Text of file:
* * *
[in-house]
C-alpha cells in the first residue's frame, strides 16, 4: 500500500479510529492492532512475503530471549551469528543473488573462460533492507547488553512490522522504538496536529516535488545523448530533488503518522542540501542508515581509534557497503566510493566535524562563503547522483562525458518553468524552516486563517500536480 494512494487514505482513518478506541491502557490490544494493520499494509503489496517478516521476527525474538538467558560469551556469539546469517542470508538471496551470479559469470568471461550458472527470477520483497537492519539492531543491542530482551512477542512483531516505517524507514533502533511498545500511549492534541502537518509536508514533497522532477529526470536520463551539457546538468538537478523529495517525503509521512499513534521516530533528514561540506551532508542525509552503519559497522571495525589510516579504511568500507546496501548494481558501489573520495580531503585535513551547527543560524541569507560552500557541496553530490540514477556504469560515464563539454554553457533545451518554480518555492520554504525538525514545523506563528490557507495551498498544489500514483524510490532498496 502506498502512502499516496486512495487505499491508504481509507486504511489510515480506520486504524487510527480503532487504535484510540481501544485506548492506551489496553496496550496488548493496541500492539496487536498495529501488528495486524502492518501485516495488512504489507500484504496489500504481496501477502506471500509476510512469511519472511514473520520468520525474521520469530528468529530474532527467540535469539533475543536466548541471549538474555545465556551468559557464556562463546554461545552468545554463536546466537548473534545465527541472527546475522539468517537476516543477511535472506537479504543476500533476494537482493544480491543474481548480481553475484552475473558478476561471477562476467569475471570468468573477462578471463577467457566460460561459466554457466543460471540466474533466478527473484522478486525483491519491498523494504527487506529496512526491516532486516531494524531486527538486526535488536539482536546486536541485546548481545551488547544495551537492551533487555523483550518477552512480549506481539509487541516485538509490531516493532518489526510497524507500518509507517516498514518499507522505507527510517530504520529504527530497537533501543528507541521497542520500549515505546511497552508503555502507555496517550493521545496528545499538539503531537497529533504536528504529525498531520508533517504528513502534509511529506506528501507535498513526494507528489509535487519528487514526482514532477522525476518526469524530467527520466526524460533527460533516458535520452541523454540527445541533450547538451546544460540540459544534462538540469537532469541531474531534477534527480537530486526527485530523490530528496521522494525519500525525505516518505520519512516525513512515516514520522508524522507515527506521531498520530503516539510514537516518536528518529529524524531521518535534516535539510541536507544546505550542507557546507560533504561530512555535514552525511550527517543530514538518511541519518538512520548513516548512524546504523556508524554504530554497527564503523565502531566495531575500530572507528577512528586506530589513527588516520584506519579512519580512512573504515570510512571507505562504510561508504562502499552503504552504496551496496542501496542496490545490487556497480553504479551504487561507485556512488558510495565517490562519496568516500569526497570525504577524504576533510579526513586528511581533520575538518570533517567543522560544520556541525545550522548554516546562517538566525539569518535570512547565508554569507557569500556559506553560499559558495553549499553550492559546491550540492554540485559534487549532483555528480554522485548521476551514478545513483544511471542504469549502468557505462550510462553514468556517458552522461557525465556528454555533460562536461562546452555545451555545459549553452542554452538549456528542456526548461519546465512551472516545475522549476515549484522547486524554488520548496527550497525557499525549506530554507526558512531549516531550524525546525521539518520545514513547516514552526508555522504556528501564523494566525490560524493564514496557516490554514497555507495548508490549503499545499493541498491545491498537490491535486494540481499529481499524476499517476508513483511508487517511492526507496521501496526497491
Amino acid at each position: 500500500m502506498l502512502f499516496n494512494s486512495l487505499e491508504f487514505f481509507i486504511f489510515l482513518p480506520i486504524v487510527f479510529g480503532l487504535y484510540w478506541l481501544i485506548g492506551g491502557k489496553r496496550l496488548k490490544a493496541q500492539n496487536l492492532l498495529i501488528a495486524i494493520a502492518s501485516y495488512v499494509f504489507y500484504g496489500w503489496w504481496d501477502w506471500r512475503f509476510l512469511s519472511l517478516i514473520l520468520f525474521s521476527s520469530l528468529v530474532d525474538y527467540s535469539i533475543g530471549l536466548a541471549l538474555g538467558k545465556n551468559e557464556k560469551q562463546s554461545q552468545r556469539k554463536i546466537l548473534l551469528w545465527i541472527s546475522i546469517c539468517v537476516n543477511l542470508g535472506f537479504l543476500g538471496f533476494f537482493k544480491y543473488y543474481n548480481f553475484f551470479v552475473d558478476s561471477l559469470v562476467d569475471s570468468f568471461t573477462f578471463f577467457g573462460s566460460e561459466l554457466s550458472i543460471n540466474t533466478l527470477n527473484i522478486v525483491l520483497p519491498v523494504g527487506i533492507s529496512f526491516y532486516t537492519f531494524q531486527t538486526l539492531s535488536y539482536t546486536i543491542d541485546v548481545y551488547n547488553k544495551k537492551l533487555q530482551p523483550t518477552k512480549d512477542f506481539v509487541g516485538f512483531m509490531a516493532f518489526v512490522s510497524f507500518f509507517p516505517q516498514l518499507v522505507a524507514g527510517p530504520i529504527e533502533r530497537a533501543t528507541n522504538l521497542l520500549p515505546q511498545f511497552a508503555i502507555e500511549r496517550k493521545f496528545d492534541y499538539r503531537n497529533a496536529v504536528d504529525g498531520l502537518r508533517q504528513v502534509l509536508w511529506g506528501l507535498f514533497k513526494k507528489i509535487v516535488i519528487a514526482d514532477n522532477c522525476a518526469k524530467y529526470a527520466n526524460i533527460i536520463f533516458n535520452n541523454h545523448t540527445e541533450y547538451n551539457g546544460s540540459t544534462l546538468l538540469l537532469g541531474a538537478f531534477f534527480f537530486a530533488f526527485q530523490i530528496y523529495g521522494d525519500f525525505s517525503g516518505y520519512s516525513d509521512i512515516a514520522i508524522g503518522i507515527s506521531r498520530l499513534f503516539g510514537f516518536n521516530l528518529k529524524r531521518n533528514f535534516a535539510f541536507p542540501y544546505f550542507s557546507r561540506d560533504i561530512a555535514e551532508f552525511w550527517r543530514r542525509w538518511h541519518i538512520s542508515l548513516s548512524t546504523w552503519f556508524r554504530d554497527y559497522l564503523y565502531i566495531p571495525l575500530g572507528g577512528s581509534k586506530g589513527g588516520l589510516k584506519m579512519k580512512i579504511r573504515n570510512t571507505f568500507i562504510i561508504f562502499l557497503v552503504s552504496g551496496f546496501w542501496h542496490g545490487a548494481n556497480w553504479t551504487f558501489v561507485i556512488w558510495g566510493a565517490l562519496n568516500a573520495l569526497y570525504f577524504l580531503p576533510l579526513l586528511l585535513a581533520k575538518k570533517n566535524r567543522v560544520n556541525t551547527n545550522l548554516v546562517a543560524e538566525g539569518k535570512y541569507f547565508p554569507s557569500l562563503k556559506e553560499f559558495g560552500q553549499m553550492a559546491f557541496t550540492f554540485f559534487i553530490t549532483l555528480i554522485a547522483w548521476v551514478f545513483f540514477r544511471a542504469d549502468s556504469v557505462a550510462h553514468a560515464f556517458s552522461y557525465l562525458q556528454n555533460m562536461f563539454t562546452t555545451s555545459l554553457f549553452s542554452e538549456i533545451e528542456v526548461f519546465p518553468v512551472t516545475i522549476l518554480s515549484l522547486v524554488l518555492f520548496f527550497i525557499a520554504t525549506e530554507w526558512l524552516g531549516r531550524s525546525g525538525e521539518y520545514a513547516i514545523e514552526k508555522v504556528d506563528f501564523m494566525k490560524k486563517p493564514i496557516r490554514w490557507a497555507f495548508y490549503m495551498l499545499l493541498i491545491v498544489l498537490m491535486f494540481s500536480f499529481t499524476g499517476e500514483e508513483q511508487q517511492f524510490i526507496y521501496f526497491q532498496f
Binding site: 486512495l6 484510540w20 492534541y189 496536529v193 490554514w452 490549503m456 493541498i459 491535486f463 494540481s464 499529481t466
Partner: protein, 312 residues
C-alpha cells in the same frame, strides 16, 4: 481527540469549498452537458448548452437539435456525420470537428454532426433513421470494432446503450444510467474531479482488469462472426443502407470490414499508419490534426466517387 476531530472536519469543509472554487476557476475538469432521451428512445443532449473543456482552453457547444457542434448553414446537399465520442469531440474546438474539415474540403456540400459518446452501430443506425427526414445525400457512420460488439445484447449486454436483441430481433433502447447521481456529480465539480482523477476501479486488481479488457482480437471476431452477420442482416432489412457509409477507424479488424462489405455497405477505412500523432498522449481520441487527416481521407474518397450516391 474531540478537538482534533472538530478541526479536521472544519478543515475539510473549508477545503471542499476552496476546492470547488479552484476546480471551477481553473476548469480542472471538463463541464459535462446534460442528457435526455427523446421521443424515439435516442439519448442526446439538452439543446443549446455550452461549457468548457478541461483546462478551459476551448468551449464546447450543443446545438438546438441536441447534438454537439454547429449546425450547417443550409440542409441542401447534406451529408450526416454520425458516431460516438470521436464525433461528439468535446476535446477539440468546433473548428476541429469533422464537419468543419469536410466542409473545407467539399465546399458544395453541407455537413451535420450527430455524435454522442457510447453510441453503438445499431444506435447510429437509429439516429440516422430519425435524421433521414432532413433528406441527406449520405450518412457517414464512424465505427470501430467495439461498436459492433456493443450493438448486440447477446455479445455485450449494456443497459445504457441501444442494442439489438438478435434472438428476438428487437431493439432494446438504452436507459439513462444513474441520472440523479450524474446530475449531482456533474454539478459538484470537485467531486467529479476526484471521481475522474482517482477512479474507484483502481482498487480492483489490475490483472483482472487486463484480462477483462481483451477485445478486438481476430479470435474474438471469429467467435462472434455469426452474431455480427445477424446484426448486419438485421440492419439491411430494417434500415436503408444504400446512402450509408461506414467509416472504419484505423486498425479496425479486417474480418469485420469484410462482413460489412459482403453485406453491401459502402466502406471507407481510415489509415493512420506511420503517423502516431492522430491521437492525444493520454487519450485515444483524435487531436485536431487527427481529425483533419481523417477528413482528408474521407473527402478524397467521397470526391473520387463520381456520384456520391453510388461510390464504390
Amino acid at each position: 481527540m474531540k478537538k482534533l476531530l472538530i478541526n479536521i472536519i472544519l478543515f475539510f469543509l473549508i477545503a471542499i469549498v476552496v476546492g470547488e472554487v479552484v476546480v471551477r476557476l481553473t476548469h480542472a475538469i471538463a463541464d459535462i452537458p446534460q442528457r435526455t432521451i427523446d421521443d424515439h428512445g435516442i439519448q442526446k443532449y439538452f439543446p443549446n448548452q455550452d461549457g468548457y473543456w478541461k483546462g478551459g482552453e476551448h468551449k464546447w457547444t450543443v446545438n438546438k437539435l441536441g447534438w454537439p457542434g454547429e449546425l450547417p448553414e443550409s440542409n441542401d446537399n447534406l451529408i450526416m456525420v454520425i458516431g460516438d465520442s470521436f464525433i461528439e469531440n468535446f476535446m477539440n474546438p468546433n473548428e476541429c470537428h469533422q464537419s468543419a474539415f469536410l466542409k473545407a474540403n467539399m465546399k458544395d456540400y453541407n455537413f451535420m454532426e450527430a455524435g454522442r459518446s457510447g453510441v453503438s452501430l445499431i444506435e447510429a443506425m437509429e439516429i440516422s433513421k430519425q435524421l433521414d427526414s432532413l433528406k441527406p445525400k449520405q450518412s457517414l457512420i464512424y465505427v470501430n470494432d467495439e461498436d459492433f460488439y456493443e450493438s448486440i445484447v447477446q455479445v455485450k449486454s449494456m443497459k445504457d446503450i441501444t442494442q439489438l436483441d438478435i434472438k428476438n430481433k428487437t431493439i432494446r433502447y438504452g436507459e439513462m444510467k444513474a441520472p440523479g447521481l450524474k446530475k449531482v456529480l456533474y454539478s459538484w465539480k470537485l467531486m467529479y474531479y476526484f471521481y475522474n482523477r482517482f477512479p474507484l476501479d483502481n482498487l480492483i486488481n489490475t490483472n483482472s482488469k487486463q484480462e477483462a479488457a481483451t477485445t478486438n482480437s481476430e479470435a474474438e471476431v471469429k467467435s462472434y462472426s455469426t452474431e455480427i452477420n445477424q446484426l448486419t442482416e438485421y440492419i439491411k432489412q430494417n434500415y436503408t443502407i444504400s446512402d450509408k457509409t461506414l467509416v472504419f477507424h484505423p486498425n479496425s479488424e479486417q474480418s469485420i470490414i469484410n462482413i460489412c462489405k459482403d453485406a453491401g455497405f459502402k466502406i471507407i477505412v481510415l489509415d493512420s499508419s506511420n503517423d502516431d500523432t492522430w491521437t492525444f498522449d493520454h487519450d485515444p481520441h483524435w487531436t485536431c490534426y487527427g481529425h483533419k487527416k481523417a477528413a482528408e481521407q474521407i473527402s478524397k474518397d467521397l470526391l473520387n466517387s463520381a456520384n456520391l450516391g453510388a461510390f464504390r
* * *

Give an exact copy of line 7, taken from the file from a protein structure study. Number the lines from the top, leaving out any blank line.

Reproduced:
Amino acid at each position: 481527540m474531540k478537538k482534533l476531530l472538530i478541526n479536521i472536519i472544519l478543515f475539510f469543509l473549508i477545503a471542499i469549498v476552496v476546492g470547488e472554487v479552484v476546480v471551477r476557476l481553473t476548469h480542472a475538469i471538463a463541464d459535462i452537458p446534460q442528457r435526455t432521451i427523446d421521443d424515439h428512445g435516442i439519448q442526446k443532449y439538452f439543446p443549446n448548452q455550452d461549457g468548457y473543456w478541461k483546462g478551459g482552453e476551448h468551449k464546447w457547444t450543443v446545438n438546438k437539435l441536441g447534438w454537439p457542434g454547429e449546425l450547417p448553414e443550409s440542409n441542401d446537399n447534406l451529408i450526416m456525420v454520425i458516431g460516438d465520442s470521436f464525433i461528439e469531440n468535446f476535446m477539440n474546438p468546433n473548428e476541429c470537428h469533422q464537419s468543419a474539415f469536410l466542409k473545407a474540403n467539399m465546399k458544395d456540400y453541407n455537413f451535420m454532426e450527430a455524435g454522442r459518446s457510447g453510441v453503438s452501430l445499431i444506435e447510429a443506425m437509429e439516429i440516422s433513421k430519425q435524421l433521414d427526414s432532413l433528406k441527406p445525400k449520405q450518412s457517414l457512420i464512424y465505427v470501430n470494432d467495439e461498436d459492433f460488439y456493443e450493438s448486440i445484447v447477446q455479445v455485450k449486454s449494456m443497459k445504457d446503450i441501444t442494442q439489438l436483441d438478435i434472438k428476438n430481433k428487437t431493439i432494446r433502447y438504452g436507459e439513462m444510467k444513474a441520472p440523479g447521481l450524474k446530475k449531482v456529480l456533474y454539478s459538484w465539480k470537485l467531486m467529479y474531479y476526484f471521481y475522474n482523477r482517482f477512479p474507484l476501479d483502481n482498487l480492483i486488481n489490475t490483472n483482472s482488469k487486463q484480462e477483462a479488457a481483451t477485445t478486438n482480437s481476430e479470435a474474438e471476431v471469429k467467435s462472434y462472426s455469426t452474431e455480427i452477420n445477424q446484426l448486419t442482416e438485421y440492419i439491411k432489412q430494417n434500415y436503408t443502407i444504400s446512402d450509408k457509409t461506414l467509416v472504419f477507424h484505423p486498425n479496425s479488424e479486417q474480418s469485420i470490414i469484410n462482413i460489412c462489405k459482403d453485406a453491401g455497405f459502402k466502406i471507407i477505412v481510415l489509415d493512420s499508419s506511420n503517423d502516431d500523432t492522430w491521437t492525444f498522449d493520454h487519450d485515444p481520441h483524435w487531436t485536431c490534426y487527427g481529425h483533419k487527416k481523417a477528413a482528408e481521407q474521407i473527402s478524397k474518397d467521397l470526391l473520387n466517387s463520381a456520384n456520391l450516391g453510388a461510390f464504390r